August 1, 2010 |
Shamara, the midday DJ at WUSL-FM (98.9), Power 99, is on a roll. It's 11 a.m., and she's playing "Unthinkable" by Alicia Keys and Drake. As she plays hits for her listeners, she's also tweeting - sending Twitter messages to fans and friends on her BlackBerry. "On air @Power99Philly come get a musical orgasm," she writes, with a link to a website where her show can be heard. "hope u gotta :) on ur face," she tweets. "Hold up I believe my friends on facebook gonna start cussing me out - ain't been there in a minute . . . brb yo. " Music, tweet music.
July 2, 2011 |
JACKSON, N.J. - A wayward baboon remained on the loose Friday night in South Jersey, causing some concern among local residents but creating a buzz among numerous online followers who were closely following the animal's travels. Three new sightings were reported Friday in residential areas, one day after the baboon was first sighted near a major highway and later in the backyard of a local home. The animal was then spotted on a local golf course late Friday afternoon, but it ran off into woods before it could be tranquilized.
April 4, 2012 |
The Fuzz is back on the beat, patrolling the streets and blasting out tweets to his devoted fans with an official seal of approval from the Philadelphia Police Department. Detective Joseph Murray, of Southwest Detectives, had more than 600 followers on his @TheFuzz9143 Twitter handle, but had been silent for nearly three months while police administration configured its social media policy. Just around 4 p.m. Wednesday, Murray was back on Twitter with a new, official handle, @ppdjoemurray, and his followers rejoiced.
July 9, 2012 |
Can Twitter matter? The Republican and Democratic Parties think so. In this tight presidential race, a national battle is on. And the ammo includes thousands of tweets, 140-character messages shot off to hundreds of thousands of followers, a blizzard of news, talking points, zingers, datelines, and instructions to the faithful. Nowhere is it fiercer than in Pennsylvania. The commonwealth has lost 45 percent of its electoral clout since 1932, and it hasn't backed a GOP presidential candidate since 1988.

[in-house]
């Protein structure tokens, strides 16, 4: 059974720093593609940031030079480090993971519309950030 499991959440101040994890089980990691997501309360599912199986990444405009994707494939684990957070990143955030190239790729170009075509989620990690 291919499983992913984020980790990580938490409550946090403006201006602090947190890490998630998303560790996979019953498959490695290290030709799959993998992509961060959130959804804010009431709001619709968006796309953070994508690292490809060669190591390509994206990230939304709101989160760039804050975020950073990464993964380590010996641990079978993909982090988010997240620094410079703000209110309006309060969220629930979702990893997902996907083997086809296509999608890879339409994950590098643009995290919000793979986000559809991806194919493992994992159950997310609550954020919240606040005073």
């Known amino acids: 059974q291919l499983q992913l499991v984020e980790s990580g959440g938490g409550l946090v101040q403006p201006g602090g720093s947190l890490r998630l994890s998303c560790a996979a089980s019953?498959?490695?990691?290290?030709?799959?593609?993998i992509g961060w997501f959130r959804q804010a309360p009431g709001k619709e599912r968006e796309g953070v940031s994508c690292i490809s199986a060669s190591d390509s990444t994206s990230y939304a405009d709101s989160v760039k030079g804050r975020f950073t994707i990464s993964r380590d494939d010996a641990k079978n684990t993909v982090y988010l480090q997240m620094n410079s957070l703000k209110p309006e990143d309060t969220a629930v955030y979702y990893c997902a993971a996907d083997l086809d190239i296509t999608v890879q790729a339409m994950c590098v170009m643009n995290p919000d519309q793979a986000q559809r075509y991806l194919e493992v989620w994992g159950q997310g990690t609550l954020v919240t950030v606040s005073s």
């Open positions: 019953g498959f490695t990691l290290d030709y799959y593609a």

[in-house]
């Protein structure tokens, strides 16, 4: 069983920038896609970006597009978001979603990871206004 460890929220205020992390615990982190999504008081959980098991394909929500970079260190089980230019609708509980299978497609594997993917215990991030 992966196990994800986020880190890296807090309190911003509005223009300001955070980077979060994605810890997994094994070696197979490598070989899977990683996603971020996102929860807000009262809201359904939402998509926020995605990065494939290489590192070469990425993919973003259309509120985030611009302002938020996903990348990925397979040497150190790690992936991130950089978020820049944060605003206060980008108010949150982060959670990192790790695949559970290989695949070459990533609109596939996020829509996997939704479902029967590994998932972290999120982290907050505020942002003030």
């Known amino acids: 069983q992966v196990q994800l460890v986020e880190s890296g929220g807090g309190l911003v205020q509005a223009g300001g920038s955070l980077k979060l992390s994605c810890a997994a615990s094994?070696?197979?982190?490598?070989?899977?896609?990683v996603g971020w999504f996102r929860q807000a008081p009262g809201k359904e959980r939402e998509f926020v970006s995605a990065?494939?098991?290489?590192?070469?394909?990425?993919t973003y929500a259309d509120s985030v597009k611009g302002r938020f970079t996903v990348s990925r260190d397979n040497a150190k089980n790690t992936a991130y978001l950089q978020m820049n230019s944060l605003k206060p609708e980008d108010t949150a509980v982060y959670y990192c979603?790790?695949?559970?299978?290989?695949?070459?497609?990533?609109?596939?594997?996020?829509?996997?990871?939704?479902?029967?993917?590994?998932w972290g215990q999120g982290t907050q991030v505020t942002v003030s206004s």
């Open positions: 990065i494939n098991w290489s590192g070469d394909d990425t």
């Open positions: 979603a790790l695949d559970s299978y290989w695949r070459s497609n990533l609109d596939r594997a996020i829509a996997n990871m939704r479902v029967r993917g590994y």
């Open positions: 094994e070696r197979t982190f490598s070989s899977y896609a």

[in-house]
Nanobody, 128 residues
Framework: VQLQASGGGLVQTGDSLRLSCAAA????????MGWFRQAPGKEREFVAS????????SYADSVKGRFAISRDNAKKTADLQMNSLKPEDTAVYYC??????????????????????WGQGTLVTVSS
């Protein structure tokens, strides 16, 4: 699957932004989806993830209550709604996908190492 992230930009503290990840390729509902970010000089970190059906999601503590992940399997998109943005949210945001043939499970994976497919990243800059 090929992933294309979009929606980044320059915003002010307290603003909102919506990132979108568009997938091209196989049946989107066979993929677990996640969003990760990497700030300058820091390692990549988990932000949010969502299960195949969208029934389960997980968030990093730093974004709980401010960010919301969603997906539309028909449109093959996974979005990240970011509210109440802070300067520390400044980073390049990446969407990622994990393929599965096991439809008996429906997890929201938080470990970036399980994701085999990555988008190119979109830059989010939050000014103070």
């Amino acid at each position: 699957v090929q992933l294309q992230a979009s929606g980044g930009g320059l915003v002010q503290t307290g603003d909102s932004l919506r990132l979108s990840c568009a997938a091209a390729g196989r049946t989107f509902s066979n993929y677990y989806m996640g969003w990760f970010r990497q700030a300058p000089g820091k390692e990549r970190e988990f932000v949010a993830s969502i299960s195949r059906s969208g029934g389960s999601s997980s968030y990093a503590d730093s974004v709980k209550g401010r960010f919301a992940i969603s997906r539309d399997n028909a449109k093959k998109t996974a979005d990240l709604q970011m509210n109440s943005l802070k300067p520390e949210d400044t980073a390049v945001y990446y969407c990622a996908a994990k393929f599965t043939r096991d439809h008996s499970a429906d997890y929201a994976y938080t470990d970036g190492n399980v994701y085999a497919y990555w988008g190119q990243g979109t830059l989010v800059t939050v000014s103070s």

June 27, 2012 |
This story has been modified. When it began, Facebook was the world's greatest free high school yearbook. Now, for some, it's gone pay-to-play. A Facebook policy announced in late April called Promoted Posts invites owners of some Facebook pages (those with more than 400 "likes," expressions of interest from other users) to pay for expanded "reach" to their audience. Hobbyists, enthusiasts, musicians, and other individuals run these pages, as do sports teams, political campaigns, nonprofits, and businesses (including The Inquirer)
June 17, 2013 |
Brittany Cozzens grew tired of the Pinterest e-mails notifying her of new followers, about 10 a day, so she turned them off. A year later, a marketing company let her know: she had more than three million followers, putting her among the most followed people on the site. "I was like, 'That's not right.' Then I went to look and was like, 'Oh . . ..' " Cozzens' self-described "procrastination" on the popular photo-organizing website landed the rising Temple University sophomore a paying job as one of more than 250 influencers for Pinterest marketing company HelloSociety.
December 5, 2012
By Joshua E. Keating The Vatican announced this week that Pope Benedict XVI will begin tweeting under the handle @Pontifex. Though his first Tweet is not expected until Dec. 12, the English-language papal account already has more than 112,000 followers. "We are going to get a spiritual message," said Greg Burke, senior media adviser to the Vatican. "The pope is not going to be walking around with a BlackBerry or an iPad, and no one is going to be putting words into the pope's mouth.
April 3, 2012 |
DENVER - Baylor coach Kim Mulkey says she's disgusted by taunting and insults directed at star player Brittney Griner on social media. The 6-8 Associated Press player of the year is the subject of constant criticism on Twitter and other sites, and Mulkey said during her news conference Monday that she's had enough of it. "I made a commitment my fourth year at Baylor that I'll never read a message board, I don't want to see...
December 28, 1999
Four Chinese citizens showed little remorse Sunday as a Beijing court gave them prison sentences of up to 18 years. Why should they? All they did "wrong" was to promote a spiritual movement that links meditative exercise with Buddhist and Taoist philosophy. It's not their fault that this movement, called Falun Gong, so terrifies the communist clique that runs China. President Jiang Zemin and his associates have overestimated Falun Gong's potential threat to one-party rule. So Chinese leaders have been trying to crush the movement, instead of permitting it and other fresh outlets for free expression.
March 13, 1990 |
I just want to say that if I'm elected mayor I will be only too happy to live in the proposed mayor's mansion and in fact I could go so far as to say that my willingness to do so might be viewed as the principal plank in my platform. Not that I am not committed to other things. For example, I promise never to carry my own raincoat or valet bag, or, if I ever do, I promise that it will not be done as part of a strategy of self-preservation. People who criticize this platform as trivial are blind to its inner boldness.